Authored by: Jacqueline Jayne, Security Awareness Advocate, KnowBe4
The outbreak of COVID-19 saw nearly every organisation across the world shift their people to remote work. This revealed the unpreparedness of the majority of organisations when it came to their cybersecurity practices or lack thereof. The requirement for remote working has continued in 2021 with many organisations introducing a slow return to the office, a split between home and the office or a situational location-based working environment.
When you are working without your IT support team down the hall or a colleague sitting next to you to check in with, a suspicious email received at home seems different somehow. Without the necessary cybersecurity education and awareness, organisations are unwittingly making it easy for cybercriminals to take advantage of the path of least resistance and increase their chances of successfully and illegally gaining entry to their systems.
According to a recent study conducted by cybersecurity firm CrowdStrike, threat activity throughout its customers’ networks has shown more intrusion attempts within the first half of 2020 than in all of 2019. This is a clear indicator that cybercriminals know that their opportunities have increased with people working remotely.
In 2020, organisations have been focused on productivity, managing their people remotely, keeping up engagement and they seem to have forgotten about cybersecurity which continues into 2021. Here are three reasons why this is a red flag:
1. WFH employees aren’t thinking about organisational security
Your average remote worker is sitting at a make-shift desk, trying to balance helping their kids with homeschooling, attending online meetings themselves, learning new digital workplace platforms, applications, and processes before they even shower for the day. Security is the last thing on their mind.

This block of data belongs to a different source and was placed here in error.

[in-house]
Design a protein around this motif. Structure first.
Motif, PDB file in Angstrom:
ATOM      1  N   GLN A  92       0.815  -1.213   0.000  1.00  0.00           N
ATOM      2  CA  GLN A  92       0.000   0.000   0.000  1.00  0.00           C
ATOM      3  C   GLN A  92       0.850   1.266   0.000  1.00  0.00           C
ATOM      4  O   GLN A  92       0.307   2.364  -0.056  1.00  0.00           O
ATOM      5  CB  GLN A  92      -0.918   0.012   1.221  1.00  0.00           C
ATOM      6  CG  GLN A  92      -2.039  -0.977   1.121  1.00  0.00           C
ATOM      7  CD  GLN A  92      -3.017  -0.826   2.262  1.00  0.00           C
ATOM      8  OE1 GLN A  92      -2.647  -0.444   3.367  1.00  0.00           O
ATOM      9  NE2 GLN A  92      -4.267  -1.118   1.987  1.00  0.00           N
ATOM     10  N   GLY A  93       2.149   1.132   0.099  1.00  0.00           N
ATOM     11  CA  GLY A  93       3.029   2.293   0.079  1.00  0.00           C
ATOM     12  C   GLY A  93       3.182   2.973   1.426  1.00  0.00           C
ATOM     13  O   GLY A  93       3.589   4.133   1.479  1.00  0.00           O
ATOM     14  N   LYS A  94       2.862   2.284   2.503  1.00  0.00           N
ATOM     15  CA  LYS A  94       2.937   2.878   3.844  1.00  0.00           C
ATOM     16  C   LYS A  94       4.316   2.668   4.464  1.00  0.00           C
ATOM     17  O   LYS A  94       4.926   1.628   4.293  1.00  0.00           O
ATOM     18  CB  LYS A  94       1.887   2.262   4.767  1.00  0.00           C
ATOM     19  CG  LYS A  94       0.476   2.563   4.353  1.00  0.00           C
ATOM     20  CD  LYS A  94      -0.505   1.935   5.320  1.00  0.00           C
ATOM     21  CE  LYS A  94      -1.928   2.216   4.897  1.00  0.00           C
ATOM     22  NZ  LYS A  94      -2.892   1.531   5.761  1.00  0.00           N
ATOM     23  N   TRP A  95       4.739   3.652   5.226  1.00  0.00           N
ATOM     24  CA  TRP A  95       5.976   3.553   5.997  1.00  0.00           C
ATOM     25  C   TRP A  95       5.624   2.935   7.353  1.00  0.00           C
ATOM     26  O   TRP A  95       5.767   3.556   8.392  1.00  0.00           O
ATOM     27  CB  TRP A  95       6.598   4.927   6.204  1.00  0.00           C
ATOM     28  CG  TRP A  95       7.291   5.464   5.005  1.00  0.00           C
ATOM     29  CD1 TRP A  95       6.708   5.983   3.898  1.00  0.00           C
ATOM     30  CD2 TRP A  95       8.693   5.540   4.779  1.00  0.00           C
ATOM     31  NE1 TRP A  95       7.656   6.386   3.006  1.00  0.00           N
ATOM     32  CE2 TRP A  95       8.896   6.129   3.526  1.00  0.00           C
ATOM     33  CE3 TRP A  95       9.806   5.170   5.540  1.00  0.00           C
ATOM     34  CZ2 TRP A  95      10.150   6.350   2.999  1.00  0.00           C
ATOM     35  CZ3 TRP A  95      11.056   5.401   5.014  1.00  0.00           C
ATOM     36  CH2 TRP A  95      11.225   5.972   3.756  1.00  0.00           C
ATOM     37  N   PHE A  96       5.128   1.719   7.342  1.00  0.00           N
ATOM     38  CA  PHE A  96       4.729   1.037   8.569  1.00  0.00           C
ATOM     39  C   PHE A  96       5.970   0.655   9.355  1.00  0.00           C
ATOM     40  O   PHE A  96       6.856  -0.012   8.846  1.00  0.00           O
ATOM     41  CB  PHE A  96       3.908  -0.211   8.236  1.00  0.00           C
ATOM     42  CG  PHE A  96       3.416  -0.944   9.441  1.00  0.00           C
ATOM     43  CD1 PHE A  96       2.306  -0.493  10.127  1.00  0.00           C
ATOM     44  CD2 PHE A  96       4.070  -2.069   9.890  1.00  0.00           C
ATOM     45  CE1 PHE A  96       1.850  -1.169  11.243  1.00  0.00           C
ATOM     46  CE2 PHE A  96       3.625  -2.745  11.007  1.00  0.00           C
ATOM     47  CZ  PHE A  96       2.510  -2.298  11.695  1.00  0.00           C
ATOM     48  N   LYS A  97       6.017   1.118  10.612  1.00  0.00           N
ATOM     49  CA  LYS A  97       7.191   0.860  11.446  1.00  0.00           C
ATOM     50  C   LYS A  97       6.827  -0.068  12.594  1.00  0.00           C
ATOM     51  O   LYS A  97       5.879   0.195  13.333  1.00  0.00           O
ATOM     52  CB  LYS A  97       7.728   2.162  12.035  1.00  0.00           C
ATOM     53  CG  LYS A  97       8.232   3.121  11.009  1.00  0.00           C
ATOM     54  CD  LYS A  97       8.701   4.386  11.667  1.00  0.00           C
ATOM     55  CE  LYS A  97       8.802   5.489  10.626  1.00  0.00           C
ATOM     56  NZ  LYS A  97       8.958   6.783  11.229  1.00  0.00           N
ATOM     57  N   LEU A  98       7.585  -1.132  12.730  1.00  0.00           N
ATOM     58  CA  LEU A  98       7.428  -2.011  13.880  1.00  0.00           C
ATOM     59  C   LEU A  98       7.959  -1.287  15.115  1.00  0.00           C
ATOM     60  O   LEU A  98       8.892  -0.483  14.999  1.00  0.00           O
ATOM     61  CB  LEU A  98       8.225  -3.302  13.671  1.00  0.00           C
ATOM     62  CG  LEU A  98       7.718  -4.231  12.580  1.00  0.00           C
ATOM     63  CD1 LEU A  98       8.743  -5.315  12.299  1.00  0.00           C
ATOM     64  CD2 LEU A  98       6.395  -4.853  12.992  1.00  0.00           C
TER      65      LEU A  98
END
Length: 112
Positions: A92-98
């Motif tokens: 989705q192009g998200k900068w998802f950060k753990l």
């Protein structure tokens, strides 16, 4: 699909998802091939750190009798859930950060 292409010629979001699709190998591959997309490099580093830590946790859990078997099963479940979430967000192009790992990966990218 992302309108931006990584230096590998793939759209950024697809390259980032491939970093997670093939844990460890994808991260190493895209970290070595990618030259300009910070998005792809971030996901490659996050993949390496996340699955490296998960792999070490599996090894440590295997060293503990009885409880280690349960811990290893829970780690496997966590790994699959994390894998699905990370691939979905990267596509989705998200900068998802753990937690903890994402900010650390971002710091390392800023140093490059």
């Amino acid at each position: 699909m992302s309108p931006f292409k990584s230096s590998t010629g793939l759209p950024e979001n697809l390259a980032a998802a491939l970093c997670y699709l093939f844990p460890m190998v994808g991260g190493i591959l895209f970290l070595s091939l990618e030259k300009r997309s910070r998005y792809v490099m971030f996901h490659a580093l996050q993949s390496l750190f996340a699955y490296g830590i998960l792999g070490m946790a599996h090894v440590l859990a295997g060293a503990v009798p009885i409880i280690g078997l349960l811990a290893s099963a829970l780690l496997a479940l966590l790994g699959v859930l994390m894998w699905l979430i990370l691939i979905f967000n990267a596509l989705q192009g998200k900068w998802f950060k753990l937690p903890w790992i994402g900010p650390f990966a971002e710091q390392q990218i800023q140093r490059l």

2. Cyberattacks focus on employees as targets more than ever
Phishing (malicious emails) remain the single-most used attack vector by cybercriminals that gives direct access to your organisations endpoints, credentials, applications, and data.
In a recent Stanford & Tessian report on the Psychology of Human Error, it was found that 88% of data breaches are caused by human error. It, therefore, stands to reason that an organisation would significantly reduce their risk by taking their people through an ongoing, relevant and engaging security awareness program which provided an opportunity for simulated social engineering to check their learning.
3. Attacks and scams are increasingly aligning with remote working
Cybercriminals conjure up scams that seem familiar to users. The use of shipping, billing, and banking stories, as well as the use of impersonated domains, business, and people, all have traditionally worked in their favour. New scams are being moulded around the current work circumstances. For example, we saw massive growth in Zoom-related attacks simply because of Zoom’s increase in popularity for business use in 2020.
In this alternate universe of work scenarios, we need to acknowledge that people need to not just work differently from the in-office ways used just a few months ago, but also we need to secure our organisations differently by putting some of the cybersecurity responsibility onto the user.
When the shift to remote work happened, we can confidently say that people were provided Work Health Safety checklists for setting up their working from a home desk. I wonder how many people were provided with a Cybersecurity Safety checklist for staying cyber safe at home?
Our interactions online have increased tenfold in 2020 thanks in part to Covid-19 which means the risk for falling victim to a cyberattack has increased the same. Staying safe online can at times seem too hard and as humans, we believe that it won't happen to us. It's not a matter of if, it's a matter of when.